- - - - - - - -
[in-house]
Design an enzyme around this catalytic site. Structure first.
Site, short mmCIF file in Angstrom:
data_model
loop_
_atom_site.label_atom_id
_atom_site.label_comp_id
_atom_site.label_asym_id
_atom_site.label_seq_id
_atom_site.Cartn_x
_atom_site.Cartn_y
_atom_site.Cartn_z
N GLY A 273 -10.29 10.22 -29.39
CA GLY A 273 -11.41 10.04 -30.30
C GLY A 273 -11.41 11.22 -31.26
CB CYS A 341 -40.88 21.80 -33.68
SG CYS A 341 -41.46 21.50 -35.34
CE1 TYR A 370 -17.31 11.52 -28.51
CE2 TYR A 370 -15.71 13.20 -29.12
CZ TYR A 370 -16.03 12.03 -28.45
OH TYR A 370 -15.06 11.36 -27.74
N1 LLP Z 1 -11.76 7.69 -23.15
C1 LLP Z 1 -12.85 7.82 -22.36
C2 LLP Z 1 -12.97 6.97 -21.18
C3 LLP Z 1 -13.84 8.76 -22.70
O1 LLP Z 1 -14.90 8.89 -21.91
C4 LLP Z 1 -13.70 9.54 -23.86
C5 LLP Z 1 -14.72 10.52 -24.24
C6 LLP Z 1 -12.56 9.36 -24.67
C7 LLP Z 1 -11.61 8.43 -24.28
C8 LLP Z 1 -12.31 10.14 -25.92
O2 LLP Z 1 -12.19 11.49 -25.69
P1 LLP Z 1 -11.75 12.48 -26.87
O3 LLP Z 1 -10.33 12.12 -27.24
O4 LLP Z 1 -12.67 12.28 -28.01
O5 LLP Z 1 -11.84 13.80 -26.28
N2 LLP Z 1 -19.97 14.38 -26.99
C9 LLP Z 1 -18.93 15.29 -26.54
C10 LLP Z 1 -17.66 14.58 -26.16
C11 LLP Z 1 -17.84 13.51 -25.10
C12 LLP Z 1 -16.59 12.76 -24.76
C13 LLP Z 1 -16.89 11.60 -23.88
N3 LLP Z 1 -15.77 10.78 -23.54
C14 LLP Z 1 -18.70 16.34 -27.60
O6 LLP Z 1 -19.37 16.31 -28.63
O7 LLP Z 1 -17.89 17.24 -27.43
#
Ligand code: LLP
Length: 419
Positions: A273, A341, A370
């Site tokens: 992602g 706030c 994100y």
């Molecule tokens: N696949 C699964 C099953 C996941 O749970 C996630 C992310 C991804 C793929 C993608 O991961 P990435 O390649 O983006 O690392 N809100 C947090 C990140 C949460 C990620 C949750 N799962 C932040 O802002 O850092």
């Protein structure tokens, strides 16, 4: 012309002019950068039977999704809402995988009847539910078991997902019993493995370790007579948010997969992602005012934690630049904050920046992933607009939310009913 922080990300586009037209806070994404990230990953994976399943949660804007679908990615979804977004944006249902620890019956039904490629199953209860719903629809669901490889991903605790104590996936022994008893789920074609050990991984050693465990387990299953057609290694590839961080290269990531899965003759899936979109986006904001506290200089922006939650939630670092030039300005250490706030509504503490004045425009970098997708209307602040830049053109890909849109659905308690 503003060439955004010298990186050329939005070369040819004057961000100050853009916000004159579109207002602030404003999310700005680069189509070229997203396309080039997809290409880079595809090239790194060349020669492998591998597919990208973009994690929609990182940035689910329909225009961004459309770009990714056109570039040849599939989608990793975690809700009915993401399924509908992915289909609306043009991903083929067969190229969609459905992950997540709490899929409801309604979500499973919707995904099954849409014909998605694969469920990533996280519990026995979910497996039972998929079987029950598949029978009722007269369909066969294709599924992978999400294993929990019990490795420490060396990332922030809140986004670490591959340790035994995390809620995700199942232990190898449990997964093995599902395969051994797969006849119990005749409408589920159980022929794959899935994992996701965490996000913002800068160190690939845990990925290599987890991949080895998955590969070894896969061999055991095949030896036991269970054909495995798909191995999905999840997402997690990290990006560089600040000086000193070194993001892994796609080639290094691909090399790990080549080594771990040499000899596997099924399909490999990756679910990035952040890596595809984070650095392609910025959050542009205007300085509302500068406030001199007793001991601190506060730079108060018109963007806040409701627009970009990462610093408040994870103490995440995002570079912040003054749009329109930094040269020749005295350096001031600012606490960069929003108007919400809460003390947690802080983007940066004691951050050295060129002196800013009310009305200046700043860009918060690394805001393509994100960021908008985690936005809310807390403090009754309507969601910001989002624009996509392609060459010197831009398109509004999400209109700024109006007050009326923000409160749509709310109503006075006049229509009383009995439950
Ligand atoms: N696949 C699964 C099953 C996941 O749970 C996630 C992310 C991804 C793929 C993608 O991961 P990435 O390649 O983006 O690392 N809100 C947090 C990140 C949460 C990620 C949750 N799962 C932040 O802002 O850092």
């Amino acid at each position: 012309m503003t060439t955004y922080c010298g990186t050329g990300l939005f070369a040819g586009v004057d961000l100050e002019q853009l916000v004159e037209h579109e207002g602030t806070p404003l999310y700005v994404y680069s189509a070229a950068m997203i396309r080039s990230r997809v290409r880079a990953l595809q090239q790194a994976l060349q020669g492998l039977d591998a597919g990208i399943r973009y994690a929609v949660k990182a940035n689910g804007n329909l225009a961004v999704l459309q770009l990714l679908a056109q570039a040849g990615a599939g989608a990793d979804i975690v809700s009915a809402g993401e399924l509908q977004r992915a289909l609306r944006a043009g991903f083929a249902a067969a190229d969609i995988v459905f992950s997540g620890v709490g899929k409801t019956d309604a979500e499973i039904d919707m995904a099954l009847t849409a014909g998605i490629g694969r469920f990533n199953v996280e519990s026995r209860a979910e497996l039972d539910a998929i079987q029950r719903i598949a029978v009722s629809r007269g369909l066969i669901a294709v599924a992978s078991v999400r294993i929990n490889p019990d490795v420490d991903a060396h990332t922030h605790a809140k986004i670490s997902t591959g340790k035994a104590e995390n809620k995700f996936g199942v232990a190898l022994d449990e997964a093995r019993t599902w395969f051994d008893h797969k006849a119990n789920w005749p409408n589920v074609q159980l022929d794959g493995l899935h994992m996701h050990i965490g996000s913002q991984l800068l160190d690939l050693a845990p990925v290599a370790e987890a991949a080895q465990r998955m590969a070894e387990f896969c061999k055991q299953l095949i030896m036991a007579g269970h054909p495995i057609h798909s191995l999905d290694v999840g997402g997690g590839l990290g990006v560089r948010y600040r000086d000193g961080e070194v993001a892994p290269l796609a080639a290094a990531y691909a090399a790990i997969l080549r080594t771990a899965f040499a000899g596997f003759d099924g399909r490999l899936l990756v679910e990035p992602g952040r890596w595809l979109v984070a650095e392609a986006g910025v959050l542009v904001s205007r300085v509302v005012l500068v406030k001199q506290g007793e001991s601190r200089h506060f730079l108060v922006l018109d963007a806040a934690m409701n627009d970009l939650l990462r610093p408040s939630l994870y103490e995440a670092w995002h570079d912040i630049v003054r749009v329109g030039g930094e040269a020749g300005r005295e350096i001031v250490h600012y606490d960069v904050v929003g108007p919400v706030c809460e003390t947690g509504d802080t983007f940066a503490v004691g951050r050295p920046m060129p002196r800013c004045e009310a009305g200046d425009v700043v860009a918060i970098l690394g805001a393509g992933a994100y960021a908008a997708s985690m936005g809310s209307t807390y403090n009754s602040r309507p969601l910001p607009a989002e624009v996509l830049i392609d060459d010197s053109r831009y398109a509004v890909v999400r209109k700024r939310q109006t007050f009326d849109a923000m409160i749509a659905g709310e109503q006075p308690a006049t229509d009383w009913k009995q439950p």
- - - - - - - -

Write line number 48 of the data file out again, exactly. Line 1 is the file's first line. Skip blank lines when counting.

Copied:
Ligand code: LLP